Keep your government hands off my macrophages!Credit: U.S. Fish and Wildlife ServiceI realize expecting shame or embarrassment from most drug warriors is a bit too much, but would the possibility that cannabis actually fights HIV at least put an end to a lot of stupid arguing?

A study reported in The Journal of Leukocyte Biology suggests this may be the case, as noted by Wired:

THC, or tetrahydrocannabinol, is the main psychoactive ingredient in cannabis — it's the chemical that gets the user stoned. Synthetic versions of it have been developed for research purposes, and it's this that was used to attack the HIV-1 virus, which represents the vast majority (more than 90 percent) of all HIV types.

The way it works is by interaction with the cannabinoid type-2 (CB2) receptor in white blood cells, specifically the macrophages. Macrophages are one of many types of white blood cell in humans. While the main cells, the lymphocytes, do the bulk of the work in fighting infection by tracking down and destroying germs with antibodies, macrophages form a kind of backup part of the immune system -- attracted to damaged cells, they surround and engulf them while also alerting lymphocytes of new dangers.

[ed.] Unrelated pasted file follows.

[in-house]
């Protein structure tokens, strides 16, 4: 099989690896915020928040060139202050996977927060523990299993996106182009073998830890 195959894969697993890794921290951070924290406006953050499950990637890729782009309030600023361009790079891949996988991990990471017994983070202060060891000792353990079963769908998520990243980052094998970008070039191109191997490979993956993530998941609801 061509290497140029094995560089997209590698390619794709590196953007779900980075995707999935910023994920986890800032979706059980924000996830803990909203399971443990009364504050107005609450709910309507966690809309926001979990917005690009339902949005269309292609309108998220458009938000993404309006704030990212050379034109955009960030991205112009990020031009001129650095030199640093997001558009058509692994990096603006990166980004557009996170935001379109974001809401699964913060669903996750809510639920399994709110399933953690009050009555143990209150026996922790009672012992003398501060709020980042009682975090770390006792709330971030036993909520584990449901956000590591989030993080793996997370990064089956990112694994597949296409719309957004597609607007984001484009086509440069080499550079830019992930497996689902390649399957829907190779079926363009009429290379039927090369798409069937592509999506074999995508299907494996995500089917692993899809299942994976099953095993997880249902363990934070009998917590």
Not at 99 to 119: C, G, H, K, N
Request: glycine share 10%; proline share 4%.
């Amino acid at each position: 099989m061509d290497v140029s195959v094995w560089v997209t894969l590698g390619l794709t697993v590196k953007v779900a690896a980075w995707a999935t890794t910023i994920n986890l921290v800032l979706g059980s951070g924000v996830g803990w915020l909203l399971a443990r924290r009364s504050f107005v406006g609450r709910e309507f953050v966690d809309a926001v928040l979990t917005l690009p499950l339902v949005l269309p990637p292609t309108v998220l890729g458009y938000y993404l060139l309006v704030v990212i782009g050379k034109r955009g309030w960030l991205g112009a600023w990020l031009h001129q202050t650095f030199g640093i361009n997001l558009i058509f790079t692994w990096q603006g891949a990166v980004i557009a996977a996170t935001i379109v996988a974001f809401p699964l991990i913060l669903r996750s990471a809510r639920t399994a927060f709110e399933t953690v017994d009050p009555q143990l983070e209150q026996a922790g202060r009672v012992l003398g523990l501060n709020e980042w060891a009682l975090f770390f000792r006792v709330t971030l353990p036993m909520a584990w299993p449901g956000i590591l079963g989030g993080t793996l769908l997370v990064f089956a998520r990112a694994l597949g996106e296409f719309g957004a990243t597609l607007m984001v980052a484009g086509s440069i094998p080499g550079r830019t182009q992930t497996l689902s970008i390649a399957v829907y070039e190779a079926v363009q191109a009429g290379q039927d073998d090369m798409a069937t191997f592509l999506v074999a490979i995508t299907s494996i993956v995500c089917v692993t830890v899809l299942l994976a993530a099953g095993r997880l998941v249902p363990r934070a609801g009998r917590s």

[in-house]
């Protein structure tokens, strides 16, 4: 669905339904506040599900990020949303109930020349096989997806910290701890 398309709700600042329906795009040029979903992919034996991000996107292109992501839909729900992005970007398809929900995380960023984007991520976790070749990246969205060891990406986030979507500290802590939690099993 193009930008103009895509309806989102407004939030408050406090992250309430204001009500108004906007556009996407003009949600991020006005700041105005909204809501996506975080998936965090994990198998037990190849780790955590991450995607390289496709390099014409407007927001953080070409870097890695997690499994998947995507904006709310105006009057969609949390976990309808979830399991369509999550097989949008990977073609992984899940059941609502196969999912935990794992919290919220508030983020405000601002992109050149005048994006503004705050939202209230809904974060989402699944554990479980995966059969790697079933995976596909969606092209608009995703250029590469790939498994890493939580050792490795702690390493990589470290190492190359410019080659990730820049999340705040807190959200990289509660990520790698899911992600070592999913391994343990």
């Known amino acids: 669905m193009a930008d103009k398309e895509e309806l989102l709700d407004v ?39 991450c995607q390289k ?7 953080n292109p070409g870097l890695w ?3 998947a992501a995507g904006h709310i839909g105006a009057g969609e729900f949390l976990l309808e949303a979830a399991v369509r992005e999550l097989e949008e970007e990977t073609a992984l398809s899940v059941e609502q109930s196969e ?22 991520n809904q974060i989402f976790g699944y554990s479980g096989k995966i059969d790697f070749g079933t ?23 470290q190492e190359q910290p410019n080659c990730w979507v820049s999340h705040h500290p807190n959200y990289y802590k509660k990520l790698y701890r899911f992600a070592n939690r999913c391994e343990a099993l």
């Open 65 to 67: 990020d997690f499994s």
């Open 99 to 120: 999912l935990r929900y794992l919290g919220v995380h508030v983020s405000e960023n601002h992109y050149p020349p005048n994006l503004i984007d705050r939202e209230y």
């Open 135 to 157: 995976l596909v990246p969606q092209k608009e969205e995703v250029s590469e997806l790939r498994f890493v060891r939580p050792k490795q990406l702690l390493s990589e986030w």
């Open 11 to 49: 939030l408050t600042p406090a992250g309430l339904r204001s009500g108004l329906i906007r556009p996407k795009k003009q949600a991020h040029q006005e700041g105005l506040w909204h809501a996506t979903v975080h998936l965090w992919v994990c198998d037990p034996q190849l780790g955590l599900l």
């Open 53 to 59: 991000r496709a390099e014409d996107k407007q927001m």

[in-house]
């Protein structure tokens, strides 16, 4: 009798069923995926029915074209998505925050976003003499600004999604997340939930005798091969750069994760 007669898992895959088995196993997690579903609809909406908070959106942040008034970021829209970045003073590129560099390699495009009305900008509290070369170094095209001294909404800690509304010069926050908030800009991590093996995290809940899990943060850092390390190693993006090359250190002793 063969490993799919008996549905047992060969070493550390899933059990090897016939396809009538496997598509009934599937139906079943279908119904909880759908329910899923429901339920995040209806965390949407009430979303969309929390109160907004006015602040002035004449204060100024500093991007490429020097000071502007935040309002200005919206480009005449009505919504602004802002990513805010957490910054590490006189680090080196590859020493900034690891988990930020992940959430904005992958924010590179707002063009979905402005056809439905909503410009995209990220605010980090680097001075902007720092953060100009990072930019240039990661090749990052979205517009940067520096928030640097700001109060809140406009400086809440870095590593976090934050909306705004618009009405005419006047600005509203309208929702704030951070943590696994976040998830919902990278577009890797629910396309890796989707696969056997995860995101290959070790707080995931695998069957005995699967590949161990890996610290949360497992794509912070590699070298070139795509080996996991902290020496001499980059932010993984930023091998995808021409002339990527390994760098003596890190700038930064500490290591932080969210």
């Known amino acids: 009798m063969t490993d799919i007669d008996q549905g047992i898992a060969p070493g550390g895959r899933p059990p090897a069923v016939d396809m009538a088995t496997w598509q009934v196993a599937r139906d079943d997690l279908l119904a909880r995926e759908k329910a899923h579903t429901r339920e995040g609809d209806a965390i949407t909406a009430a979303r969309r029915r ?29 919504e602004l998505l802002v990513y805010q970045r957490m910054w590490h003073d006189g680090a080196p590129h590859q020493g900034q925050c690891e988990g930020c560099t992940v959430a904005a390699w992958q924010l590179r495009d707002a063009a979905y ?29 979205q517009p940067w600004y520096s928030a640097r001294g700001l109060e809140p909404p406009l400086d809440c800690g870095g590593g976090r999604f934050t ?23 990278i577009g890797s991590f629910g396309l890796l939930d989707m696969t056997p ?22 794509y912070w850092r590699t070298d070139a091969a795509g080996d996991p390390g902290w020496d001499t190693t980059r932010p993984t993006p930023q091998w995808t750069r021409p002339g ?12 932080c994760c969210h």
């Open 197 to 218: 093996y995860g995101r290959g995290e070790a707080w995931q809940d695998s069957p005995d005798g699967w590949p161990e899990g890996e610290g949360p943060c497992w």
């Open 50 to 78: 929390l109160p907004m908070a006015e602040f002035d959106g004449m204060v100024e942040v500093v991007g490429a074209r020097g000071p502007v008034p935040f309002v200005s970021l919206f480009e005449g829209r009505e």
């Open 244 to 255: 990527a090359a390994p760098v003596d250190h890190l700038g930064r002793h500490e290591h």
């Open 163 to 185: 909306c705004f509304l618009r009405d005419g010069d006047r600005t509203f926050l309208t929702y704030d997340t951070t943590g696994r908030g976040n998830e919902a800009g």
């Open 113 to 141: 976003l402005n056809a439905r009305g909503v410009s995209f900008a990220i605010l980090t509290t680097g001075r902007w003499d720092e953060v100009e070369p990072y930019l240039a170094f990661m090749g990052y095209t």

Macrophages have an unpleasant weakness, though, in that they are one of the first types of cells to be infected by HIV when it enters the body. The virus can live inside macrophages for days, weeks or months, travelling around the body, infecting other cells and acting as an extremely effective pollinator of HIV.

Stopping the HIV virus from infecting macrophages is one method researchers are investigating, as it would dramatically curtail the speed at which the infection progresses and would give time for other antiretrovirals to help keep it at bay, or even remove it.

The CB2 receptor in macrophages is stimulated normally when THC enters the bloodstream, so nothing unusual there. However, it appears that macrophages that have their CB2 receptor stimulated are stronger when it comes to fighting and weakening the HIV-1 virus.

Medical marijuana is already typically sought out by many HIV patients to ease some of the side effects of drug treatments. That marijuana may actually be helping weaken the virus as well would be a great discovery, if true. The federal government’s position (affirmed by both Democratic and Republican leadership) that marijuana has no legitimate medical use grows more and more foolish the more scientists are able to get around the Schedule 1 designation and perform research.